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CS 559 Spring 2019 Course Web

Course web for the Spring 2019 Computer Graphics Class

Assignments 11 and 12: Graphics Town

Assignments 11 and 12 are posted.

The description is on the course web at the Graphics Town page.

The Canvas pages have links to the GitHub classroom page so you can clone the repo. There is only one GitHub classroom page / repo for both assignments. You put your work for both assignments into this one repo.

If you want to see the framework in action with the simple examples, check out this page.

We are aware that you have less than 2 weeks to do this assignment. Keep your eyes open for announcements.

Workbook 10 Extension

Because we didn’t get as far into explaining shaders as I had hoped, we are extending the deadline for workbook 10 until Wednesday, April 24 (instead of the current Tuesday, April 23rd).

In class on Tuesday, we will walk through some of the examples from the workbook and give more explanation, which should help people do this workbook.

Update on Grading

I had promised to give you some idea as to how we will figure out “Bonus Points”.

But first: what the bonus points do (since there seems to be some confusion).

For the workbooks: you receive a grade F-AB. These show up on Canvas as 0-3.5. So, a 3.5 is the best grade you can get on a 3.5. Canvas will tell you that you have an 87.5 percent (3.5/4). Similarly, Canvas will tell you that you are getting 50% when you have a C.

You assignment/workbook grade is the average of the workbooks after dropping the lowest 2. So it is an average over 10 workbooks (there will be 12 total this semester). You “bonus point addition” gets added to this.

Your exam grade (curved) is also on the same F-A scale (so an A=4). We will grade the final on the same scale. The final is worth more than the midterm.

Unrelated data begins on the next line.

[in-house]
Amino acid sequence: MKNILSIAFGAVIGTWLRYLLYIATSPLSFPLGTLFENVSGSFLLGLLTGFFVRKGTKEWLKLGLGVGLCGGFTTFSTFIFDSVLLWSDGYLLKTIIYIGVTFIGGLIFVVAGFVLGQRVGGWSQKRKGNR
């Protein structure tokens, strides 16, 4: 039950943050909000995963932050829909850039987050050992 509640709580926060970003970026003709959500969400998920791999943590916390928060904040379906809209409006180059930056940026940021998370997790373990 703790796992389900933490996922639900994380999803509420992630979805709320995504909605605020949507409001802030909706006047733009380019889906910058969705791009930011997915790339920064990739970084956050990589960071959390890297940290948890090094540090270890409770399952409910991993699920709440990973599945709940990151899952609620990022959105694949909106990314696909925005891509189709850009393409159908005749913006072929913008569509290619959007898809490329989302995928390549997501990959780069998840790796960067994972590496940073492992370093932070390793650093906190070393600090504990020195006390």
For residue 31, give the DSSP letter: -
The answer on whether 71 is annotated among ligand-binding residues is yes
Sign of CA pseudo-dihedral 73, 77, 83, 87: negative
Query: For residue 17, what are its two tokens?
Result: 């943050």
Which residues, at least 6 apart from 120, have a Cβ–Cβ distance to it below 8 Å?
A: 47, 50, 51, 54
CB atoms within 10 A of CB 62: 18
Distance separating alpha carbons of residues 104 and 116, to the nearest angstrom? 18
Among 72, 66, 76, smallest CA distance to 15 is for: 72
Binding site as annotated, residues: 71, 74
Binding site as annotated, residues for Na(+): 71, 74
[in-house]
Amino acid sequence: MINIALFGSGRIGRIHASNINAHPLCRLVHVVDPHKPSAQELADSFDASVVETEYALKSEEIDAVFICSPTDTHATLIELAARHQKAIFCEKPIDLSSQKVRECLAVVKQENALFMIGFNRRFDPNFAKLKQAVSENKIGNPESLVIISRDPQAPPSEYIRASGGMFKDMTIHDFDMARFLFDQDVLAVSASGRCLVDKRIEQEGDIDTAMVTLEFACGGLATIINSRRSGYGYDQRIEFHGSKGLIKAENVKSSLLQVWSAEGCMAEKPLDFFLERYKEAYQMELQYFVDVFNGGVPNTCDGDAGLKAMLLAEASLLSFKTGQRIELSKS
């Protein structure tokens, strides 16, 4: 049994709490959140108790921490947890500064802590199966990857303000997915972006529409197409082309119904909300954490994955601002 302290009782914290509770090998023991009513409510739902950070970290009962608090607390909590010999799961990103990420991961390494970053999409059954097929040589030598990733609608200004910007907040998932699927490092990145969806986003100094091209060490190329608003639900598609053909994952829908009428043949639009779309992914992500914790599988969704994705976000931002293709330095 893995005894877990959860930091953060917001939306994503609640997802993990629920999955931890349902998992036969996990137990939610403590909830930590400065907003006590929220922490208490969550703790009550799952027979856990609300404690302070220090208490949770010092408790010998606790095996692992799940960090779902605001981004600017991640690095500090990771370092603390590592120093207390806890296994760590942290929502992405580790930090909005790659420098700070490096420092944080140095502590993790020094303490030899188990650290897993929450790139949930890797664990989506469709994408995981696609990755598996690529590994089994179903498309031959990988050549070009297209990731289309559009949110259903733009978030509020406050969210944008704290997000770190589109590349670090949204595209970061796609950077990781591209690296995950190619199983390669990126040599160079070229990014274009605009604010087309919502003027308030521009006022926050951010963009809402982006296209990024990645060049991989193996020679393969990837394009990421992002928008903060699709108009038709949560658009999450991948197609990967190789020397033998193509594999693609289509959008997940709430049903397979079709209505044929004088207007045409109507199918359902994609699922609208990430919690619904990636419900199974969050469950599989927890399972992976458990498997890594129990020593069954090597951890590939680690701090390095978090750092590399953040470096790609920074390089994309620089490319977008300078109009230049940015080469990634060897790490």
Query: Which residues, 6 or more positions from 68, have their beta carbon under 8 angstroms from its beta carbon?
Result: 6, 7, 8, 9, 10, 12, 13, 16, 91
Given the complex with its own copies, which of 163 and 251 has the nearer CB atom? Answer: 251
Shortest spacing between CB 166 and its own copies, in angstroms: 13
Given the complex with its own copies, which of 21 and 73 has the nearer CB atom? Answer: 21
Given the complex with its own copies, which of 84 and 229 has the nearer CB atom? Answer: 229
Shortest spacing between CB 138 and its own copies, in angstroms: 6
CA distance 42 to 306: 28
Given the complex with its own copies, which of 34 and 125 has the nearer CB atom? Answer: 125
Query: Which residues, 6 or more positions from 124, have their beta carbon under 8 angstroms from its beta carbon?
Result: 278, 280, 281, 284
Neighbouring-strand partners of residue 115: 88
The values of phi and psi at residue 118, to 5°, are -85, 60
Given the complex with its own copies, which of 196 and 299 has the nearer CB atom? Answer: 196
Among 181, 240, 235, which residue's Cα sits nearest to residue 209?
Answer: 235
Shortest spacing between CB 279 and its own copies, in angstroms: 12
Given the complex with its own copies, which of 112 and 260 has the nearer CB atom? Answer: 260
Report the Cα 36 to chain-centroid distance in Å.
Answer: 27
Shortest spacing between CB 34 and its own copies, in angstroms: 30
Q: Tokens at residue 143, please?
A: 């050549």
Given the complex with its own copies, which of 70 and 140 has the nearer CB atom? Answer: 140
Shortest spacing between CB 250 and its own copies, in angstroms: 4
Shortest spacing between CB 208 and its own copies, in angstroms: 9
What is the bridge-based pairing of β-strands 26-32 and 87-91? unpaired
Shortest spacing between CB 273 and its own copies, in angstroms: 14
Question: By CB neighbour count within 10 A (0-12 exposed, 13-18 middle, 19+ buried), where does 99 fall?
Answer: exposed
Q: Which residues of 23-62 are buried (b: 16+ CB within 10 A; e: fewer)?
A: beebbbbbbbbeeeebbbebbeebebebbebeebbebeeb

All of that was on the course policy page (except that Canvas decides to show you things in percents).

The thing that isn’t in the policy page: how will we determine the “bonus point addition” (the up to 1/2 a grade we add to the workbook average).

This is tricky because (1) it wasn’t clear how many bonus point opportunities there were going to be over the course of the semester, (2) not all bonus points are the same, and (3) not all bonus points were awarded the same way. For example, in workbook 2, we gave separate bonus points for each little piece of making fireworks, but on Workbook 5, implementing  arc length parameterization was only 1 line item.

How we’ll do this:

Each bonus point will be assigned a value 1-4. Small Things are 1, the biggest things will be 4. The exact assignment of points is still being worked out, and may not be known until we do the final grading. All bonus points will worth at least 1. Right now, it looks like we’ve had about 55 points from 36 possible bonus points on the first 6 assignments. I expect the second half of the assignments to have around the same amount of possibilities.

There won’t be a hard cutoff to get the bonus point addition. We’ll do linear interpolation. If you get more than (approximately) 30% of the points, you will get some addition. It you get (approximately) 60% points or more, you get the full .5 addition. I am not picking the exact values, because I might want to be more generous in the end (I will only lower the thresholds, not raise them). It might be more like 25%-50%.